The “what?” and the “why?” behind up-cycled bookmarks.

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Why up-cycle packaging? Why care about the ink that comes to us everyday from food to clothes to toys? The sad reality is that this little norm in consumer culture has a MAJOR environmental impact. While we hear about emissions on a daily basis and think that riding our bike to the store gives us our Super Green Star, we seldom stop to think about the packaging that accompanies almost every single item that we purchase. And while much of the packaging is made to be recycled, how much is actually recycled? Ask yourself how much you actually recycle, not only while at home, but while at other people’s houses, while on the road, and while out for the day. I fear what the actual number is.

A major part of my work as an artist is finding ways to reuse items and up-cycle them, before it ever gets to a point of re-cycling. Environmentally speaking, there is an impact for recycling to be considered: the fuel it takes to collect the items to be recycled, the water it takes to clean it all and the energy it takes to re-purpose goods. So, before we get to a point where an item is recycled, it is often possible to “up-cycle” it–it just takes a bit of creativity.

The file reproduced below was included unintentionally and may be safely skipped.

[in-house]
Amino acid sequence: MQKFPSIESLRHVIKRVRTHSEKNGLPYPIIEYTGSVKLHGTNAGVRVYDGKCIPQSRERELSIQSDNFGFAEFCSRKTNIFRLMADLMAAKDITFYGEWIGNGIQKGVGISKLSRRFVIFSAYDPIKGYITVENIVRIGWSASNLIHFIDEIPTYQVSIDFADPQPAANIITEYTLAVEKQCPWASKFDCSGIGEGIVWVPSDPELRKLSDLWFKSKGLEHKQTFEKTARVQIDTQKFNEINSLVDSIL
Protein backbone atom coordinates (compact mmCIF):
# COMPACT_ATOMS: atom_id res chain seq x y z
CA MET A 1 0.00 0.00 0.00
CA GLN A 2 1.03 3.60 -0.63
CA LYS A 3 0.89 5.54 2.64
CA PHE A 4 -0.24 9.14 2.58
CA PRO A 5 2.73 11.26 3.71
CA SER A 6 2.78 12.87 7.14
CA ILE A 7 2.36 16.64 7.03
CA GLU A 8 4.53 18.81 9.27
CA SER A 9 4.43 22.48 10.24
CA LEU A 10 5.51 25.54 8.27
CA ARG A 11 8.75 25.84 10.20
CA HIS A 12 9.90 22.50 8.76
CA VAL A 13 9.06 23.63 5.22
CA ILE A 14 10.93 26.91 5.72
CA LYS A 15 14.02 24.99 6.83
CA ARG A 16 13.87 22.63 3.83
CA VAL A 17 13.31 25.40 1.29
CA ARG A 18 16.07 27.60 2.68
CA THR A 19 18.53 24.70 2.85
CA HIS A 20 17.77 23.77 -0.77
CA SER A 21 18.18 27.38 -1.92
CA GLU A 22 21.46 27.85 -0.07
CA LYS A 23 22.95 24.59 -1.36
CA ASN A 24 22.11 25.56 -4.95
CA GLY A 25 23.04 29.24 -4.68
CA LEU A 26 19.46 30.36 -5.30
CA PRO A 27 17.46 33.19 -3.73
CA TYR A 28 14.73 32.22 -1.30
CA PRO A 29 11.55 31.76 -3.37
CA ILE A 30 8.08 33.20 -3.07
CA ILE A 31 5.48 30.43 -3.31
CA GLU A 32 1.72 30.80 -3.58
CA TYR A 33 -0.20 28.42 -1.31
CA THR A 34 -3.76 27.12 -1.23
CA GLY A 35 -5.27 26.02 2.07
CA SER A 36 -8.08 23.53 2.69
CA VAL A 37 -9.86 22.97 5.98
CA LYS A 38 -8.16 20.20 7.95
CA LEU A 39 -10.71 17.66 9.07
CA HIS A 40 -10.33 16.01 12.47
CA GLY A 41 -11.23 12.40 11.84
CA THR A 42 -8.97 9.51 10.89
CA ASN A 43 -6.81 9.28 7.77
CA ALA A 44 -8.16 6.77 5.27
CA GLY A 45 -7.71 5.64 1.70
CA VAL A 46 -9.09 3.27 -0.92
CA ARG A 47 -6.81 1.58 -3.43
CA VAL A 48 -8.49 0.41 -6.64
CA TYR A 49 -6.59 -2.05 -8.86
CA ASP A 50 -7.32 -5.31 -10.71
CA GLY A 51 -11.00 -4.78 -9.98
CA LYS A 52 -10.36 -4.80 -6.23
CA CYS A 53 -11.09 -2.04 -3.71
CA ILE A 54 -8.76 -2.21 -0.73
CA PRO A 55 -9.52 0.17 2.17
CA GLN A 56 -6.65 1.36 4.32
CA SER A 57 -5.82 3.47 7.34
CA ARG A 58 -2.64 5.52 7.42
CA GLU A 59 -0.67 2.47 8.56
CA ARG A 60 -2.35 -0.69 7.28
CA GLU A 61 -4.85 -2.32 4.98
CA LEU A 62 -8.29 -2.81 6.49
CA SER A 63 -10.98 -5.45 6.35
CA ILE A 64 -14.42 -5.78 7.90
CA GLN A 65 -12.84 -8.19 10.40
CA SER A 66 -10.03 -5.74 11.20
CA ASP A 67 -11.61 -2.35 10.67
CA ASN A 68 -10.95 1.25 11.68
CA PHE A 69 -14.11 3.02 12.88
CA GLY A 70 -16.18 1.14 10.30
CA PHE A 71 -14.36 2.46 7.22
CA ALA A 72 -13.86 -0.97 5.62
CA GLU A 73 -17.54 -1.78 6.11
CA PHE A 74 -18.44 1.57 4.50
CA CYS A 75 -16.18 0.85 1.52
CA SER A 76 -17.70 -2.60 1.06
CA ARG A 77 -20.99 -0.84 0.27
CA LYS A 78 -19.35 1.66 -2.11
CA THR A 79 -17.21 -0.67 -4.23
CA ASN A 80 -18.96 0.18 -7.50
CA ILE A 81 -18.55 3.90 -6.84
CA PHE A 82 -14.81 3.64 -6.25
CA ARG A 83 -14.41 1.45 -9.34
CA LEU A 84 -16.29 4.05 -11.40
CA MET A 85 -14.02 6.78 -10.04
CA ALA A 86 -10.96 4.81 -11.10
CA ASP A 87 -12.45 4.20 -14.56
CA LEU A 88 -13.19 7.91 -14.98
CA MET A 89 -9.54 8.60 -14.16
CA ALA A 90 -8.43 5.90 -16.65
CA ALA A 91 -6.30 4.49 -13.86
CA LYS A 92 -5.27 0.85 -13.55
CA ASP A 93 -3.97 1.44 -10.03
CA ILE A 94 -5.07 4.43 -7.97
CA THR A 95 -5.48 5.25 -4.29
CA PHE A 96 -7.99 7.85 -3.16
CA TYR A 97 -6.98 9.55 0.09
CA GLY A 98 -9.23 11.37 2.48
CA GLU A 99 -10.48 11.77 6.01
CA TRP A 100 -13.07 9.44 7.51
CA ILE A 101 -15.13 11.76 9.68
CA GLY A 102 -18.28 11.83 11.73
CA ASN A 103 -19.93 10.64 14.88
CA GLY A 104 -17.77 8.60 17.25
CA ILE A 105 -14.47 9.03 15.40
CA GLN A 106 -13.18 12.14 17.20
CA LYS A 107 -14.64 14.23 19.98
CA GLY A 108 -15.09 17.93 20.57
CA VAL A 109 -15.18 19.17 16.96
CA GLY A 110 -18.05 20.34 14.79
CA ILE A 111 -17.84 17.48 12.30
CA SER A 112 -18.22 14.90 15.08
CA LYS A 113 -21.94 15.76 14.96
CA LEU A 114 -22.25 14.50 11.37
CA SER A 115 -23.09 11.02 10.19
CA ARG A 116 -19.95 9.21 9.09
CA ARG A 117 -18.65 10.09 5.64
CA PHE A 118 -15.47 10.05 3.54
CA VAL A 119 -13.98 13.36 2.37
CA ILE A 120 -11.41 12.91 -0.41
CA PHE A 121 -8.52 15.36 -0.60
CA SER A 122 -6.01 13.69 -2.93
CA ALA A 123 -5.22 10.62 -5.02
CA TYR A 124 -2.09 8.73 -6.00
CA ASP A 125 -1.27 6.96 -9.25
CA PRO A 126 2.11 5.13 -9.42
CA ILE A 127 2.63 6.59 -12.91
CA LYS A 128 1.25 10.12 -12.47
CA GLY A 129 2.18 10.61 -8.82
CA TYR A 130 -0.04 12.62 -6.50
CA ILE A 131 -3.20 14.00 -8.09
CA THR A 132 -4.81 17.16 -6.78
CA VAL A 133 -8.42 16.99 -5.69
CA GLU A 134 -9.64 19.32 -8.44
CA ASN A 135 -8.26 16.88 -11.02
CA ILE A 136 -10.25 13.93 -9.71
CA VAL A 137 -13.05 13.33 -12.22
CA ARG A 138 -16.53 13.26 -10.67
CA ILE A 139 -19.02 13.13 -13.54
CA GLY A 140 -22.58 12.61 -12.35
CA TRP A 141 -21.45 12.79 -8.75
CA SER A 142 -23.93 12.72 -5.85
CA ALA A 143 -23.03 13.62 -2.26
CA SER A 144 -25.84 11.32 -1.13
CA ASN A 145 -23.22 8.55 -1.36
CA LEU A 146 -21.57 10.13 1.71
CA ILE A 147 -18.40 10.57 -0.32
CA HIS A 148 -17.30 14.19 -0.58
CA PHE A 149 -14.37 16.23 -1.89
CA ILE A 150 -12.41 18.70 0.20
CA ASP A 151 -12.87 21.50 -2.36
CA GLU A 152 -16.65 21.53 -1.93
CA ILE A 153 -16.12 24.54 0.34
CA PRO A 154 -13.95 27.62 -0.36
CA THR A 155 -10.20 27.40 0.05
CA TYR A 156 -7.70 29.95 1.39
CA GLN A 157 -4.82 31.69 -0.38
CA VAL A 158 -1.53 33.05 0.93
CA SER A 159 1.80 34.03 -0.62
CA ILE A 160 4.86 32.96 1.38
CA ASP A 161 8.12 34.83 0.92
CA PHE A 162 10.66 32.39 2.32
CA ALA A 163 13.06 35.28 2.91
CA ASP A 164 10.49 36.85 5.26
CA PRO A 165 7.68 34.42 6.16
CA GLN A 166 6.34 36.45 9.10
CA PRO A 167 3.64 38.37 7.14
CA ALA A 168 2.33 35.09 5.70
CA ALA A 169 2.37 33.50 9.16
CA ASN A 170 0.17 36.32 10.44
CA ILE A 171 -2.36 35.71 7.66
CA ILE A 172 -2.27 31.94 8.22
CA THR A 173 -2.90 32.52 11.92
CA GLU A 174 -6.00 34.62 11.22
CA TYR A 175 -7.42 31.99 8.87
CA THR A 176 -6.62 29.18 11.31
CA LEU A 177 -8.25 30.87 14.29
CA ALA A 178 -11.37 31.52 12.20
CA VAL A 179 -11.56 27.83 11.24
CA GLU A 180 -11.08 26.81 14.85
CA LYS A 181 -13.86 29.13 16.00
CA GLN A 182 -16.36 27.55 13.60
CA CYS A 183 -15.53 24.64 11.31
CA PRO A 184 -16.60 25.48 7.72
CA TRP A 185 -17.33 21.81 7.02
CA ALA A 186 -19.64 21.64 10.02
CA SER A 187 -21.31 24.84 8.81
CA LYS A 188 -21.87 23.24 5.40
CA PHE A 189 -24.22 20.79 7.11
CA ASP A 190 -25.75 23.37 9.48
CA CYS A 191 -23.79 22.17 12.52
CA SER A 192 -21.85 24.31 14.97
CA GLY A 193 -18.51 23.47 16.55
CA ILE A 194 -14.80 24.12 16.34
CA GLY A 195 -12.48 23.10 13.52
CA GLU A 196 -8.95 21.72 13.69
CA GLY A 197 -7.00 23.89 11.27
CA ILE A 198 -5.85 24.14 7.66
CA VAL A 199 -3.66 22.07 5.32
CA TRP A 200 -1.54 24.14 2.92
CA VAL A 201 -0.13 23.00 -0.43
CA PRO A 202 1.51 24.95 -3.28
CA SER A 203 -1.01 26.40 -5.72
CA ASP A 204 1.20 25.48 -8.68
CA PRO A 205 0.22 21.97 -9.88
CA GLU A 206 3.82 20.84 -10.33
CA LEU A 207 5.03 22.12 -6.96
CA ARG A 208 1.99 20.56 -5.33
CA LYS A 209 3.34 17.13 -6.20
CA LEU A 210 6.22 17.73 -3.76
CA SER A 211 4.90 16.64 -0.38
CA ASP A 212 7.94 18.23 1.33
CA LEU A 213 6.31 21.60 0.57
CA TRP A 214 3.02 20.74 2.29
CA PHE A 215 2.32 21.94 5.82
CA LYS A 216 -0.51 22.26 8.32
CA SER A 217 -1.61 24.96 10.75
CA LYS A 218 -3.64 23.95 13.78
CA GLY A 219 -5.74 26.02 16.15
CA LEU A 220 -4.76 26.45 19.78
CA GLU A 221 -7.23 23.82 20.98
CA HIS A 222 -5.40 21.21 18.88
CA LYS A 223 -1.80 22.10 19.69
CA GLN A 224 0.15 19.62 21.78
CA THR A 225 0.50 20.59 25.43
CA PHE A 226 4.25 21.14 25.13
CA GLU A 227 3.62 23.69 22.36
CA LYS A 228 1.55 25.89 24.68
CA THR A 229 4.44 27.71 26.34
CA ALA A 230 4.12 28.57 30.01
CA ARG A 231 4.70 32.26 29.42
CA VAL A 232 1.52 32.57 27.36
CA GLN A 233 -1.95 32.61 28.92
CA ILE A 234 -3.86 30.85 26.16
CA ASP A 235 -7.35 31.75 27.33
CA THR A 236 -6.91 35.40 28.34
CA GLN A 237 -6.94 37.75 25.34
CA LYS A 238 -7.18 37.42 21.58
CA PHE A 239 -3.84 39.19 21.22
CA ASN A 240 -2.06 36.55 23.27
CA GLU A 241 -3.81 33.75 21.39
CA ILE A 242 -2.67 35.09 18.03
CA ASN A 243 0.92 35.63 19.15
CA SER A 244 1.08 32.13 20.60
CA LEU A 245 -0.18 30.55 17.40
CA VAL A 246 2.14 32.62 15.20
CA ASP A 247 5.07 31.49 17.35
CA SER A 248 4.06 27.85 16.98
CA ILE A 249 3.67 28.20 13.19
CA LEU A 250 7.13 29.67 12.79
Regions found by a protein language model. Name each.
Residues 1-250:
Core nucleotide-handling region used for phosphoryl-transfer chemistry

So, without further ado, here are some up-cycled bookmarks:

For Sale: Bookmarks

Price: 25 cents each or 5 for $1

Materials: Up-cycled packaging, stamped and block printed

About: Bookmarks up-cycled from random household packages. (I eat a lot of Tricuits.)

6 Days Remaining!!!

More information for you!

On Packaging:

3.2m tonnes of the 26m tonnes of the household waste produced annually is packaging. 150m tonnes of packaging waste come from industry and commerce each year. To achieve a change towards more sustainable packaging, it’s not just the packaging that requires alterations but also our lifestyles and habits of consumption

Read more here: http://www.greendustries.com/unido.pdf

On Printing Inks:

The domestic printing industry ranks fifth in volatile organic compounds (VOC’s) emissions among major industries. To put this ranking in perspective, consider that the automobile industry ranks sixth, behind printing.

Read more here:http://www.fineeyecolor.com/files/inks_and_the_environment.pdf

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2 thoughts on “The “what?” and the “why?” behind up-cycled bookmarks.

  1. I love the idea of upcycled bookmarks (& might try making my own – I always need more bookmarks!), and you did a great job of explaining why you upcycle, and why it is important.

    I am confused about 1 thing, however. You say the bookmarks are 25 cents apiece, or 3 for $1? But at 25 cents apiece, if purchased individually, you should be able to get 4 bookmarks for $1…

    1. Thanks, I encourage you to make some, and yes, one can never have too many bookmarks. And thanks for pointing out the discrepancy in pricing–math is not my strong point;). I will change that.

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